And here: https://meta.discourse.org/t/time-to-response/120808/4

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In Discourse you can make a category not publicly accessible. On the other hand you can’t make a Slack channel public.

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@Hector I also said:

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Members-only areas are great for discussing the forum structure, deciding internal issues and developing draft topics. Discourse defaults to a lounge that is open to any TL3 (trust level) member.

Right now I’m using this at meta.discourse.org to setup some manually curated lists of plug-ins which will fill a short-term hole in the documentation. This way the issues and risks can be discussed before opening access to the people who are most likely to break their forum site by installing incompatible plug-ins without first testing for compatibility.

Chat (e.g. Slack) encourages rapid-turn dialogue. Forums (e.g. Discourse) encourages longer-form writing (monologuing.) Compare the average comment length above to Slack conversations. They are complementary forms. I, for one, don’t want to go to a forum when my question is one sentence that can be answered with one sentence.

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I don’t know how relevant my comments will be, so please feel free to disregard.

I’m a “hobbyist” [wannabe pro :star_struck:], that loves playing with Elm. Started off teaching myself Flash in the Macromedia days, then Ruby/Rails/Javascript, and in the last few years Elixir/Phoenix/Elm. I’ve always enjoyed coding and learning.

I’ve never really taken to Slack, only used it once for help.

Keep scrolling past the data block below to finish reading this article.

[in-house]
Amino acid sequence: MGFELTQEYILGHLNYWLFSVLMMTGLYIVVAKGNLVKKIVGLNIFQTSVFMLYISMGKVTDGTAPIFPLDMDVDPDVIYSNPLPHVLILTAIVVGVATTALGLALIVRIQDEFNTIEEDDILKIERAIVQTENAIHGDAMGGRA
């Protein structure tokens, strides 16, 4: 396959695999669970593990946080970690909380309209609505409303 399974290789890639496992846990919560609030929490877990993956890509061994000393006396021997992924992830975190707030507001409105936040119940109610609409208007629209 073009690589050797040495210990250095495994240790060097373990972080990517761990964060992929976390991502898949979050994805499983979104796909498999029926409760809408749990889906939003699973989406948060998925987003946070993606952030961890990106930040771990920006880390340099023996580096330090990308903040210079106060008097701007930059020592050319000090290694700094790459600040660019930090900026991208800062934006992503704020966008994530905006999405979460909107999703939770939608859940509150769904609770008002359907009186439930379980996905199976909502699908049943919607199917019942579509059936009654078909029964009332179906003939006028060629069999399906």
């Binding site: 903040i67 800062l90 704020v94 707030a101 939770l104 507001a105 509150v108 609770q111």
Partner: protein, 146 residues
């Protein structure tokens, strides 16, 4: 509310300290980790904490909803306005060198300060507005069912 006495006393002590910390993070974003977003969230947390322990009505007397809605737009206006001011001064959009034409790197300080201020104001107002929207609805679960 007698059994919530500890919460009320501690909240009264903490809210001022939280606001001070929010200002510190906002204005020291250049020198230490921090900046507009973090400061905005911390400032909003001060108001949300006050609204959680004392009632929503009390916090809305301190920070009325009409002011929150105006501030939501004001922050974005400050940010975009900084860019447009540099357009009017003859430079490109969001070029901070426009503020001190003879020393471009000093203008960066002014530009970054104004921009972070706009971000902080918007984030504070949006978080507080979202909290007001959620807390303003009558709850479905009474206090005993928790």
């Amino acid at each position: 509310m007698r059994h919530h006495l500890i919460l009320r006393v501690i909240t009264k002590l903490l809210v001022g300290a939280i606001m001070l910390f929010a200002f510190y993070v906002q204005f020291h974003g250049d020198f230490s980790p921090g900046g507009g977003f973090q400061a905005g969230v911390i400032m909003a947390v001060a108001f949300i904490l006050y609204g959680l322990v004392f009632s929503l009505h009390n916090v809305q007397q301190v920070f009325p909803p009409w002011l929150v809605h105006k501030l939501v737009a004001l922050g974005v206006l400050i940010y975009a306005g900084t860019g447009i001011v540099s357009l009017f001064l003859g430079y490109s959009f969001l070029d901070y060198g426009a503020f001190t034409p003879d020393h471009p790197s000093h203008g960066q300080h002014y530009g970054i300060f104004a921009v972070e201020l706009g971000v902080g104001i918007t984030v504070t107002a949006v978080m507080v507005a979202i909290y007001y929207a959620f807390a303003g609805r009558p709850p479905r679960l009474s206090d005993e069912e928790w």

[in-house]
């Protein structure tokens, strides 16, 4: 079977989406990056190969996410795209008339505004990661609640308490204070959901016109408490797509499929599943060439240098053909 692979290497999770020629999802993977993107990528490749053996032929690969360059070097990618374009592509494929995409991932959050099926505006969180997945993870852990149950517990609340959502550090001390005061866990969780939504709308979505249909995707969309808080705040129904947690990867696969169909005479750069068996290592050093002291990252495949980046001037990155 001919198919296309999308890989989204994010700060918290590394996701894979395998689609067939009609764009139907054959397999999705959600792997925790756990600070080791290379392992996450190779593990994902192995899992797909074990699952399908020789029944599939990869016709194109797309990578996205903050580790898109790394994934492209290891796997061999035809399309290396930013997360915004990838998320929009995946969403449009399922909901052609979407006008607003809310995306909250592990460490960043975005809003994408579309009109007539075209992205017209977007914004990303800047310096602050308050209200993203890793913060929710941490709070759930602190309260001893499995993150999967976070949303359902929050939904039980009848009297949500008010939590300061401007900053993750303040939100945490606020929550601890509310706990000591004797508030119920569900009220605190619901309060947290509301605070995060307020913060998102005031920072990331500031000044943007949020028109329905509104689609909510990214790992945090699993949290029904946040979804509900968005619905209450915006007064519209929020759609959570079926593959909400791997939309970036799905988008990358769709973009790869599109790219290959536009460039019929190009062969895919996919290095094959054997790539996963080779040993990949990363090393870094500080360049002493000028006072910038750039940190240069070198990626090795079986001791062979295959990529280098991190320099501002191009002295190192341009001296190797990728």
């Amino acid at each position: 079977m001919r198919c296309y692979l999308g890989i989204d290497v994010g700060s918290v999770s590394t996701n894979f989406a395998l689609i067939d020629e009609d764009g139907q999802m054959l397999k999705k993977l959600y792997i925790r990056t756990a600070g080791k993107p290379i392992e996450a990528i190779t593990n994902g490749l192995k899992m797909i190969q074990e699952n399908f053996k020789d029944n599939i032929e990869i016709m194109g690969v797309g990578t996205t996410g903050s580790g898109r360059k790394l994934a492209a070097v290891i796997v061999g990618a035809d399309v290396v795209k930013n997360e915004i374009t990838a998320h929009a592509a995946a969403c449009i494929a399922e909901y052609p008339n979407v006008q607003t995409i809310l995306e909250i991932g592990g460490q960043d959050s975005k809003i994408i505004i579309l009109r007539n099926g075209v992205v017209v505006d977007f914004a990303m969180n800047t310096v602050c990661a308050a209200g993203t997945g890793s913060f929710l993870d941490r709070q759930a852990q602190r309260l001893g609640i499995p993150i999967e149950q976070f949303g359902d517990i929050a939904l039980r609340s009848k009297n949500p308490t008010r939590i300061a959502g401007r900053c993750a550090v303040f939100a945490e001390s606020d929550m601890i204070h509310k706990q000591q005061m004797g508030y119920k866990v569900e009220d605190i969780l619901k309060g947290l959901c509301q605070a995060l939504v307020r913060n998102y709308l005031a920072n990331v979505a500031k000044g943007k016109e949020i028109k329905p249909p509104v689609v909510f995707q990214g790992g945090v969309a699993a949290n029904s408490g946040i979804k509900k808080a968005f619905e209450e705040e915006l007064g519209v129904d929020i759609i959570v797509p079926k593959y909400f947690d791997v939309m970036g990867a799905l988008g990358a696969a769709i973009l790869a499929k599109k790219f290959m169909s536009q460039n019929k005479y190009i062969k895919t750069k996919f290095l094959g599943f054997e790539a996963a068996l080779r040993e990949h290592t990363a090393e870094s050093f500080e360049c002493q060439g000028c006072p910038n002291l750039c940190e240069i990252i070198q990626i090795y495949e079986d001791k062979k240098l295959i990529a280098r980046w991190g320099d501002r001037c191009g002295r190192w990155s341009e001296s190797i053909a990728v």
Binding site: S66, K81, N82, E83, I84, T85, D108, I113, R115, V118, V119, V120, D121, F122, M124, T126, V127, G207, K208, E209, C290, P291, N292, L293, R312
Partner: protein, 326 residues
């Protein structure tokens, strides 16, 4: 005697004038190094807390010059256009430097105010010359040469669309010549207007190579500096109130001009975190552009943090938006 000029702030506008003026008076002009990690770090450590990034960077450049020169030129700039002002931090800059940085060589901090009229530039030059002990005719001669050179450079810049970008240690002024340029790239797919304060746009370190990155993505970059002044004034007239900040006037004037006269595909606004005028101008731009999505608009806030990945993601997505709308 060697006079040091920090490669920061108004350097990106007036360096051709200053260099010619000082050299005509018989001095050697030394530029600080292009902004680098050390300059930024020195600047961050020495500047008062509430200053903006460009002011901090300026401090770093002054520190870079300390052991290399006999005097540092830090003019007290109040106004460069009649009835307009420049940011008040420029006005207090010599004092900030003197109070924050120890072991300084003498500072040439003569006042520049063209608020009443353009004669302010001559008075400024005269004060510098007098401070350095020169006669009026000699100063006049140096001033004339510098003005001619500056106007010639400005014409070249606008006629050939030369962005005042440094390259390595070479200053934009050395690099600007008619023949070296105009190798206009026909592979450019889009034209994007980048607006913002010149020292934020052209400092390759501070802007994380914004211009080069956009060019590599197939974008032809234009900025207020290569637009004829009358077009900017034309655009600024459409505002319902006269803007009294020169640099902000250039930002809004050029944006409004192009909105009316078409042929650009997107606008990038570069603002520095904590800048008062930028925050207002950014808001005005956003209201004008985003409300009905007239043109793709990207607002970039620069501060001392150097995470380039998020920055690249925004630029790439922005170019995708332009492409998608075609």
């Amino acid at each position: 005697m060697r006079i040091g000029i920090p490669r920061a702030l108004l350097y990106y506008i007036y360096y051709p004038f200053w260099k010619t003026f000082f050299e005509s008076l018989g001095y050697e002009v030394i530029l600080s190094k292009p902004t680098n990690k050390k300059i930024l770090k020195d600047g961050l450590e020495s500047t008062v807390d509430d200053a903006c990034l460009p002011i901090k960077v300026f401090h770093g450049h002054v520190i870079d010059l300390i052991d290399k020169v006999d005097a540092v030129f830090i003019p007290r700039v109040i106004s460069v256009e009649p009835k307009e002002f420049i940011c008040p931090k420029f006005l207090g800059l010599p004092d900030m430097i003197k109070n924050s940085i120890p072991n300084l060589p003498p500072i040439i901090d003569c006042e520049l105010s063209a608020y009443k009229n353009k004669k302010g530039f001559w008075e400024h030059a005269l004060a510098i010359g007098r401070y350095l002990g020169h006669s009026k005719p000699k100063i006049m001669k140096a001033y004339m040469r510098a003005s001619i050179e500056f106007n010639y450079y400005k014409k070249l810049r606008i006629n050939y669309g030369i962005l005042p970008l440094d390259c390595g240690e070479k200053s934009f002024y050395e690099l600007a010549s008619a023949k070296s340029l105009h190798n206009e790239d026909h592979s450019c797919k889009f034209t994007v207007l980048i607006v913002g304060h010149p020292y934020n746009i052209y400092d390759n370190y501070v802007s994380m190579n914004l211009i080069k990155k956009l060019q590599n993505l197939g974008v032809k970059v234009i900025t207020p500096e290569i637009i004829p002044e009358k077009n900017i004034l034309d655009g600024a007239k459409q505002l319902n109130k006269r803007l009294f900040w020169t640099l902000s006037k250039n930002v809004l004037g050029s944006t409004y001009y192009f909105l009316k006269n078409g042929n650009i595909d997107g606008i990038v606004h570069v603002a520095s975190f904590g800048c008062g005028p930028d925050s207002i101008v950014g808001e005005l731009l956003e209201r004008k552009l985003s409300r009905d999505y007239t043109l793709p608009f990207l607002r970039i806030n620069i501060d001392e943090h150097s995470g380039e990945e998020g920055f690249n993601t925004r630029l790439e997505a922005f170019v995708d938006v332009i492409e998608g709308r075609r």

Personally I prefer the more formal approach of SO and Discourse. Mainly because, over the years, I’ve found that the formal approach forces me to think through a problem from the perspective of the potential reader - more so than I might do on a more relaxed chat channel such as Slack.

“I have this problem I can’t figure, and I need to explain it to someone who has no idea of the picture I have in my head.”

If I’m asking for help, I want to give the potential helper all the help I can to help me. Therefore, typing out and structuring the question in a way to accomplish this forces me to consider the problem from a different angle - when previously I might have been stuck staring down a tunnel and struggling to find another route.

So, I’ve found that going through this process has, on a number of occasions, helped me find a solution myself, and I don’t end up posting the question.

When I do post a question, I like to be able to bookmark the answer, no matter how trivial the question may seem. It may be a problem I only encounter every now and again, and if I was to ask on Slack, I wouldn’t be able to bookmark it so that I can go back to it the next time it’s a problem.

This question I posted is one I’ve gone back to a few times: Json payload now traces out as <internals>

It’s a simple question that could easily have been asked and answered on Slack, but the fact that it’s a permanent resource on Discourse has made my life simpler on a few occasions over the last year. I’ve revisited it enough times now that I shouldn’t need to again, but if I’m having a thick head day, it’s there should I need it.

As a final thought, I’m not worried about posting a ‘dumb’ question. If I get to the point of posting, it’s because I’ve gone down all the research roads I can to find a solution, so if/when I get to that point, I wouldn’t consider it to be a dumb question - it’s just something I’m struggling with, and this community is friendly enough for me to feel comfortable posting what others may think is ‘dumb’.

I guess there is a place for Slack, but my preference is likely to be Discourse for the foreseeable future.

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In case it’s helpful, Mozilla just announced that they landed on Riot/Matrix for their chat needs https://discourse.mozilla.org/t/synchronous-messaging-at-mozilla-the-decision/50620, highlighting its safety (both moderation and self-protection) and accessibility.